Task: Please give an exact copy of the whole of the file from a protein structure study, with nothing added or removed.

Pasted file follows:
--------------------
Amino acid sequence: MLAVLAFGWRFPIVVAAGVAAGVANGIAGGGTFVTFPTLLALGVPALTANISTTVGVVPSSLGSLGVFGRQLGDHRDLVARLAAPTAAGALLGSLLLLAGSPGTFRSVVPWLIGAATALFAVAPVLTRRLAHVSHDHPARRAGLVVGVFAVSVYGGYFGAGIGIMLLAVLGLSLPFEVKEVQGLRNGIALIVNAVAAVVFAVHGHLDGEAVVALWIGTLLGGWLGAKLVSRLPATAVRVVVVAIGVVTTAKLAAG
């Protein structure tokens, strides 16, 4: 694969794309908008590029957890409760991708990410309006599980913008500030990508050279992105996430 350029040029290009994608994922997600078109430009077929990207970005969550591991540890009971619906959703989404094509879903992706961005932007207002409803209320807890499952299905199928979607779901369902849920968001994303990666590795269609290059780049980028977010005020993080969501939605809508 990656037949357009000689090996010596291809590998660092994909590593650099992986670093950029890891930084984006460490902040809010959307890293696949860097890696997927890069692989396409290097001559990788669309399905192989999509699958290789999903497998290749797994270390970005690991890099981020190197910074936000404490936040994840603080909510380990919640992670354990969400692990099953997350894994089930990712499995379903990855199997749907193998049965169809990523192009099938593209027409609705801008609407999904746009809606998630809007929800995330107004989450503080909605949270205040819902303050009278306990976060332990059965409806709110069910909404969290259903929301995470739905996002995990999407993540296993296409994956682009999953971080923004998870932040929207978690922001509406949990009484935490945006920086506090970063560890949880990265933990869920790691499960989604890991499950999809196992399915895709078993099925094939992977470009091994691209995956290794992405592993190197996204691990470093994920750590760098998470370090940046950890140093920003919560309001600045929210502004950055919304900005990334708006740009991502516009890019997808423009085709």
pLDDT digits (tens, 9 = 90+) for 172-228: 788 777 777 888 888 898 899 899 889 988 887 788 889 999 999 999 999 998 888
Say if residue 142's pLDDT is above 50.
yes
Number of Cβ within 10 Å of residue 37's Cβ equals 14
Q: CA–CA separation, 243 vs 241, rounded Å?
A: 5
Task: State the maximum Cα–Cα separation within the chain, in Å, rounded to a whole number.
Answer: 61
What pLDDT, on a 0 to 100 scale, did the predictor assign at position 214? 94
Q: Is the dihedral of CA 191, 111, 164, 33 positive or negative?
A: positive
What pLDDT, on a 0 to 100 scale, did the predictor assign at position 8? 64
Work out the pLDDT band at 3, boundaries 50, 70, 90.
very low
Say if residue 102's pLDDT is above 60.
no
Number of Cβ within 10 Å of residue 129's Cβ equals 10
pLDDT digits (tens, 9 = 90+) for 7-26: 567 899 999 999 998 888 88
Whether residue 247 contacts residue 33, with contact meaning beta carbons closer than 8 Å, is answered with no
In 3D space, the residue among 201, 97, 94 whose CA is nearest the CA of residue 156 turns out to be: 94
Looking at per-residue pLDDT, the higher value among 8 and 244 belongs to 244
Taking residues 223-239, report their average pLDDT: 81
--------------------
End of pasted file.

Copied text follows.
Amino acid sequence: MLAVLAFGWRFPIVVAAGVAAGVANGIAGGGTFVTFPTLLALGVPALTANISTTVGVVPSSLGSLGVFGRQLGDHRDLVARLAAPTAAGALLGSLLLLAGSPGTFRSVVPWLIGAATALFAVAPVLTRRLAHVSHDHPARRAGLVVGVFAVSVYGGYFGAGIGIMLLAVLGLSLPFEVKEVQGLRNGIALIVNAVAAVVFAVHGHLDGEAVVALWIGTLLGGWLGAKLVSRLPATAVRVVVVAIGVVTTAKLAAG
């Protein structure tokens, strides 16, 4: 694969794309908008590029957890409760991708990410309006599980913008500030990508050279992105996430 350029040029290009994608994922997600078109430009077929990207970005969550591991540890009971619906959703989404094509879903992706961005932007207002409803209320807890499952299905199928979607779901369902849920968001994303990666590795269609290059780049980028977010005020993080969501939605809508 990656037949357009000689090996010596291809590998660092994909590593650099992986670093950029890891930084984006460490902040809010959307890293696949860097890696997927890069692989396409290097001559990788669309399905192989999509699958290789999903497998290749797994270390970005690991890099981020190197910074936000404490936040994840603080909510380990919640992670354990969400692990099953997350894994089930990712499995379903990855199997749907193998049965169809990523192009099938593209027409609705801008609407999904746009809606998630809007929800995330107004989450503080909605949270205040819902303050009278306990976060332990059965409806709110069910909404969290259903929301995470739905996002995990999407993540296993296409994956682009999953971080923004998870932040929207978690922001509406949990009484935490945006920086506090970063560890949880990265933990869920790691499960989604890991499950999809196992399915895709078993099925094939992977470009091994691209995956290794992405592993190197996204691990470093994920750590760098998470370090940046950890140093920003919560309001600045929210502004950055919304900005990334708006740009991502516009890019997808423009085709």
pLDDT digits (tens, 9 = 90+) for 172-228: 788 777 777 888 888 898 899 899 889 988 887 788 889 999 999 999 999 998 888
Say if residue 142's pLDDT is above 50.
yes
Number of Cβ within 10 Å of residue 37's Cβ equals 14
Q: CA–CA separation, 243 vs 241, rounded Å?
A: 5
Task: State the maximum Cα–Cα separation within the chain, in Å, rounded to a whole number.
Answer: 61
What pLDDT, on a 0 to 100 scale, did the predictor assign at position 214? 94
Q: Is the dihedral of CA 191, 111, 164, 33 positive or negative?
A: positive
What pLDDT, on a 0 to 100 scale, did the predictor assign at position 8? 64
Work out the pLDDT band at 3, boundaries 50, 70, 90.
very low
Say if residue 102's pLDDT is above 60.
no
Number of Cβ within 10 Å of residue 129's Cβ equals 10
pLDDT digits (tens, 9 = 90+) for 7-26: 567 899 999 999 998 888 88
Whether residue 247 contacts residue 33, with contact meaning beta carbons closer than 8 Å, is answered with no
In 3D space, the residue among 201, 97, 94 whose CA is nearest the CA of residue 156 turns out to be: 94
Looking at per-residue pLDDT, the higher value among 8 and 244 belongs to 244
Taking residues 223-239, report their average pLDDT: 81